Many species were attributed to Miltonia in the past, however, today, the species from Central America and from cooler areas on northwest of South America have been moved to other genera. Miltonia species have large and long lasting flowers, often in multifloral inflorescences. This fact, allied to being species that are easy to grow and to identify, make them a favourite of orchid collectors all over the world. Species of this genus are extensively used to produce artificial hybrids.
Despite the fact that Miltonia is now a well established genus, most of its species were originally classified under other genera as Cyrtochilum, Oncidium, Odontoglossum, and Brassia. All were discovered between 1834 and 1850 with the exception of M. kayasimae, discovered only in 1976. These epiphytic orchids occur from Central to Southern Brazil down to Argentina.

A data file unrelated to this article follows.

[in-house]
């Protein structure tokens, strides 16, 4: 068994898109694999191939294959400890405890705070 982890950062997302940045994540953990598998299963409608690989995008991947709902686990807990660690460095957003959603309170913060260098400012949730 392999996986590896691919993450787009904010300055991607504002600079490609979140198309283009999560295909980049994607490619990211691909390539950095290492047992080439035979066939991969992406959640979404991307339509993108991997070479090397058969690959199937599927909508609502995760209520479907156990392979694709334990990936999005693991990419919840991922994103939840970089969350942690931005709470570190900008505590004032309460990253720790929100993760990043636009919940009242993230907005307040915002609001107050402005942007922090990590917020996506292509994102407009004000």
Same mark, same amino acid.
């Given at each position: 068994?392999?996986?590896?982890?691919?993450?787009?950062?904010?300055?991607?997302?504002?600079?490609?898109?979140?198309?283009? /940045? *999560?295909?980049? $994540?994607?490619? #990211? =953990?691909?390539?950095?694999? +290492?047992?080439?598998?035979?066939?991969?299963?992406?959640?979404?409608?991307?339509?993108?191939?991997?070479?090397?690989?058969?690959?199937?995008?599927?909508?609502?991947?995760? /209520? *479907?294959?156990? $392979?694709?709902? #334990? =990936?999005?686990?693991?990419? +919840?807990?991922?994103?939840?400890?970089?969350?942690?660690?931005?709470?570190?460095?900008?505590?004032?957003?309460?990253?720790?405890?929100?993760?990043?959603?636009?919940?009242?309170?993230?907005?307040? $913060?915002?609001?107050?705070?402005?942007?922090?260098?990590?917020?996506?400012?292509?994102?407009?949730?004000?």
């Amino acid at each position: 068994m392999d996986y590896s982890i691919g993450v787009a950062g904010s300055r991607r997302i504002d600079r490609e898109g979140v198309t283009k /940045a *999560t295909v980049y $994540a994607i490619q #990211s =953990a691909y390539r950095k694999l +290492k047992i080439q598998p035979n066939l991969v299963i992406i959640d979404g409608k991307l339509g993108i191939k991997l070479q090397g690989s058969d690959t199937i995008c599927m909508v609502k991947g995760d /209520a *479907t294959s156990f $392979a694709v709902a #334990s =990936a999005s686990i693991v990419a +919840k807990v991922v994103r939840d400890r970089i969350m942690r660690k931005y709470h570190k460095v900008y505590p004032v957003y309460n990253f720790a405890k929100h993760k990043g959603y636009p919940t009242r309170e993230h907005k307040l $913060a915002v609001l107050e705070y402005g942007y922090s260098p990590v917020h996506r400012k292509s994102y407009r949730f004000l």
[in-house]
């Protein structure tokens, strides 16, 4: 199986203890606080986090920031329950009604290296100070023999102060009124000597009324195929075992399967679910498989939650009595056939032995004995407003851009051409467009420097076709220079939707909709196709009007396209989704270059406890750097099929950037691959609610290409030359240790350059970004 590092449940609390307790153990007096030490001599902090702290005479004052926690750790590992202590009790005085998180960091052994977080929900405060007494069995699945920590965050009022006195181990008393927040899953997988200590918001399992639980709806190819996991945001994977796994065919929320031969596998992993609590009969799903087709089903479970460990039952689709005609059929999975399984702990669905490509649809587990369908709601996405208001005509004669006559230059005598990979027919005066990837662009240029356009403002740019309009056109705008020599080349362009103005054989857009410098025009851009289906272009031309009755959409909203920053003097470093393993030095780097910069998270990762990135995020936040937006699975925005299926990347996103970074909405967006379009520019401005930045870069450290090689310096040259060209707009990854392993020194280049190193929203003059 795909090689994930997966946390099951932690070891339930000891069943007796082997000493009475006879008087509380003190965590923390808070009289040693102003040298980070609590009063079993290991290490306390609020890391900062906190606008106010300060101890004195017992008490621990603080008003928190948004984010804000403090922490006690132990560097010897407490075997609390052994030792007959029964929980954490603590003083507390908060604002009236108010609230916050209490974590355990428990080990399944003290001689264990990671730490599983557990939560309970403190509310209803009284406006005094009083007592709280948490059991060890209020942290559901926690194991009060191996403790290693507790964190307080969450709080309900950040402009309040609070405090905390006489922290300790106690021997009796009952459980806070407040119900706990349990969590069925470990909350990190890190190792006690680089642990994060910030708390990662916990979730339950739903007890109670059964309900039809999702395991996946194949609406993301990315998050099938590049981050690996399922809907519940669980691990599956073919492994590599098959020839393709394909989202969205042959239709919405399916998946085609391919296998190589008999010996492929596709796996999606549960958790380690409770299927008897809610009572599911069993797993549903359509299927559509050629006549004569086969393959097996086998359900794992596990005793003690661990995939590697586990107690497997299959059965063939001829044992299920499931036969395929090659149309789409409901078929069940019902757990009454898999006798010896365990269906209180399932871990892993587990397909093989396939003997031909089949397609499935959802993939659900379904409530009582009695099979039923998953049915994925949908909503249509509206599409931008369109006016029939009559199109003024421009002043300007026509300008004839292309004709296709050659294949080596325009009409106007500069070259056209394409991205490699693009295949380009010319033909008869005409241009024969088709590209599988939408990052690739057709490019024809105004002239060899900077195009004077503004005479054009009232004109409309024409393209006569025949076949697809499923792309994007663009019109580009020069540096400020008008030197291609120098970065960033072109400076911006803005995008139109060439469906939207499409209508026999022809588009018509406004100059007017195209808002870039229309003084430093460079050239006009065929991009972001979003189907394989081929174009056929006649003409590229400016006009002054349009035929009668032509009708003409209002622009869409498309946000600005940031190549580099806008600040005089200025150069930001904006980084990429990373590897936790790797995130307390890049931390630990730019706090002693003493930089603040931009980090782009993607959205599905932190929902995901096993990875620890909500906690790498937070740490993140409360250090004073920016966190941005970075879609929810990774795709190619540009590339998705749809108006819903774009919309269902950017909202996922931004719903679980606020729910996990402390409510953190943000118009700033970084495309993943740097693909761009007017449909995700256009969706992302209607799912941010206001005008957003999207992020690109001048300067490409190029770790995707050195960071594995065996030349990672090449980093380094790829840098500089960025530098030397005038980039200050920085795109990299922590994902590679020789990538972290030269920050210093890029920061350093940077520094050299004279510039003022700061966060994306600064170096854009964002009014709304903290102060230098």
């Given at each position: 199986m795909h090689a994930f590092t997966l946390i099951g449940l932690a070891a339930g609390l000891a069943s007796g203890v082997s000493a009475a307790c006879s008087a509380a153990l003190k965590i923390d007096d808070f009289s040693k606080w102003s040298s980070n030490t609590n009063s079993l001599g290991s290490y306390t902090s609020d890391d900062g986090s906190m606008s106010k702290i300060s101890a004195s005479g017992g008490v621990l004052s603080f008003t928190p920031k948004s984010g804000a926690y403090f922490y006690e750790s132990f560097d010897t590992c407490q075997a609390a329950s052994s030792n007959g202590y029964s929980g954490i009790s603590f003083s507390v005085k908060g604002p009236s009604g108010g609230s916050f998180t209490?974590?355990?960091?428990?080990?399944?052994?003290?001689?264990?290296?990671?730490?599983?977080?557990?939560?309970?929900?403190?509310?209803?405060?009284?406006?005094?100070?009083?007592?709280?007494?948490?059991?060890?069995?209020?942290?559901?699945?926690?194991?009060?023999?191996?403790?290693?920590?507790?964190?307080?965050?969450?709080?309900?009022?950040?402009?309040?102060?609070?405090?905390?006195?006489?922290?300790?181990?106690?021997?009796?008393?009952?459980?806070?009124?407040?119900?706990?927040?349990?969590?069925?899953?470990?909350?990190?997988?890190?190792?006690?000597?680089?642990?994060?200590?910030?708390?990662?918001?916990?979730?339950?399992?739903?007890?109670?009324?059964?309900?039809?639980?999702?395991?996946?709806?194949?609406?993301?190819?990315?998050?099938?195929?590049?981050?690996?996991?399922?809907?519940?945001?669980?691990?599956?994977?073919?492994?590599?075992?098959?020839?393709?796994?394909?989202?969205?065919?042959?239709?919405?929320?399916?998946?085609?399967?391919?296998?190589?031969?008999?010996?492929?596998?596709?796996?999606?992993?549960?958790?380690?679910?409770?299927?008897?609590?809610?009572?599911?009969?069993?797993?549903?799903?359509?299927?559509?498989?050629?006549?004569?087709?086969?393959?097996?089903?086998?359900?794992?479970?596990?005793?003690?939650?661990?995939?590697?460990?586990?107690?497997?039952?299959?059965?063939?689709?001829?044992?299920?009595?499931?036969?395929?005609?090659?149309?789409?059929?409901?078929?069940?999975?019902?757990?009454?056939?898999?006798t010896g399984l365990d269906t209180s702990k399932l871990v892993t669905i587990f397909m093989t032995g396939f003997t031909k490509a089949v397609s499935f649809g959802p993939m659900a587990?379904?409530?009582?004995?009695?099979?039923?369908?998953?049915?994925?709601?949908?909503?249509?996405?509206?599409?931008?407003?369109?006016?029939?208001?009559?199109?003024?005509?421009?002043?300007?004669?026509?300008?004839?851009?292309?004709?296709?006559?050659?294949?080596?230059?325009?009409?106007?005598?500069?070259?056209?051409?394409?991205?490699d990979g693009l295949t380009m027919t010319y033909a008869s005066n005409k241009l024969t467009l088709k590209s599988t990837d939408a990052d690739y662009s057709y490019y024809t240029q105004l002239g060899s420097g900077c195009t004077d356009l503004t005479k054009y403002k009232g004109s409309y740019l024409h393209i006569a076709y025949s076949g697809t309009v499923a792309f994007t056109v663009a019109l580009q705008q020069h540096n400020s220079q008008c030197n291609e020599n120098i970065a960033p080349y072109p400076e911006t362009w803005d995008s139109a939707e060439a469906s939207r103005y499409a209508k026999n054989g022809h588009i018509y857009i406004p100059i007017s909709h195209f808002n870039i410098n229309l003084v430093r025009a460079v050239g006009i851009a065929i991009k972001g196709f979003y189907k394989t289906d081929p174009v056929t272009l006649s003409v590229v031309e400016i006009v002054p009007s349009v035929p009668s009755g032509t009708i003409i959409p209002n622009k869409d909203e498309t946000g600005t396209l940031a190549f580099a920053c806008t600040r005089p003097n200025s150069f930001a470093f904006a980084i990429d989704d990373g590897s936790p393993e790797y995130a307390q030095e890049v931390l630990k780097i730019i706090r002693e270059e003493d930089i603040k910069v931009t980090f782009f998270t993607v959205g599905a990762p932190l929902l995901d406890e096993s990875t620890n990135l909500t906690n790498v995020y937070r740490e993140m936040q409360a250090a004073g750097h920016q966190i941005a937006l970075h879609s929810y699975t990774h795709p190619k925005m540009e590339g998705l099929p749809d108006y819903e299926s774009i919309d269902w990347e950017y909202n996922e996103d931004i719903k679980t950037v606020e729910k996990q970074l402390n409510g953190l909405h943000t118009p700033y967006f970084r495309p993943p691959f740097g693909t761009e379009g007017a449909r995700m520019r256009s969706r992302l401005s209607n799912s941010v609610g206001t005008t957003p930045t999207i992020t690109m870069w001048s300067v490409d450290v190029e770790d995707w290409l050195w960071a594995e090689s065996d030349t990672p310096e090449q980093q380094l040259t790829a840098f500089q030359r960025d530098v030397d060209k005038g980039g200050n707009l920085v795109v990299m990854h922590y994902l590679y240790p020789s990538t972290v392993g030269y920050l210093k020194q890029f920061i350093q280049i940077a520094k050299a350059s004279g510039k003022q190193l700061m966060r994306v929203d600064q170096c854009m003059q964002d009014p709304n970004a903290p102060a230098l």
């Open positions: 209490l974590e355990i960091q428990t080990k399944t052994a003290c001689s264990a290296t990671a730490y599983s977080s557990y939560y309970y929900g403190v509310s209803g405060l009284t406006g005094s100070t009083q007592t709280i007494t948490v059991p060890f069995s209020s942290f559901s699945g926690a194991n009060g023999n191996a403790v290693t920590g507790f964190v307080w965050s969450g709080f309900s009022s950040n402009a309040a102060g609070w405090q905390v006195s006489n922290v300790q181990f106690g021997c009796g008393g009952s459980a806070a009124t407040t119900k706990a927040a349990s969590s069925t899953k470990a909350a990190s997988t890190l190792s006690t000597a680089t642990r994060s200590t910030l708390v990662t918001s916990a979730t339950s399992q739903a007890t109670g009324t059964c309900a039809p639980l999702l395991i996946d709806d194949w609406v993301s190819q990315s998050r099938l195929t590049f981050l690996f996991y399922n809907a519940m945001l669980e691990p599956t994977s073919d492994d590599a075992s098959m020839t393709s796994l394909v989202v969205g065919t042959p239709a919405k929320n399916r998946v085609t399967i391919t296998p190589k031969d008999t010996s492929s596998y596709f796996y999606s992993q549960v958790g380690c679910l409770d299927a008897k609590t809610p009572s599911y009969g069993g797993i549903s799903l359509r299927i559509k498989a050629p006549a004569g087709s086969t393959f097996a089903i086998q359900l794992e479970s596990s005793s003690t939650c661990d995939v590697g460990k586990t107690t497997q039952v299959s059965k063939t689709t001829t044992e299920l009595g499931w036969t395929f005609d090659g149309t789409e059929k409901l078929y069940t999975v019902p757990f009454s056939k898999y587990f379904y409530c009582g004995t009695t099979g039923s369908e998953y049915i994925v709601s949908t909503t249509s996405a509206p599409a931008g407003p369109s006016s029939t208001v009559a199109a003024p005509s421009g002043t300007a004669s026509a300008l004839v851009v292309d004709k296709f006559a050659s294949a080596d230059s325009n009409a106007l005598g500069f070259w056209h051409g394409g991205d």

These orchids have two leaves, arising from a pseudobulbs, covered with a foliaceous sheath. The inflorescence consists of waxy, nonspurred flowers. The lip is large and flat and lacks a callus at its base. They possess a footless column with two hard pollinia. The flowers have a delicate, exotic scent, some compare to that of roses. They are named after Charles Wentworth-Fitzwilliam, 5th Earl Fitzwilliam, formerly Viscount Milton, an English orchid enthusiast.
The species in this genus are sometimes referred to as the "pansy orchids", but it is the Miltoniopsis orchids that have flowers that closely resemble the pansy. Almost everyone except for the most serious orchid hobbyists use the name pansy orchids interchangeably, which may cause confusion. Miltonia looks more like Oncidiums than the other pansy orchids. The most "pansy-like" a Miltonia can get is the species Miltonia spectabilis.
The one shown here is "Miltonia Lavender Glade" ( Milt. spectabilis var. moreliarta X "Milt Belle Glade"). Easy to grow, has a nice scent and is free- flowering. It is a plant that will give much pleasure and few hassles!
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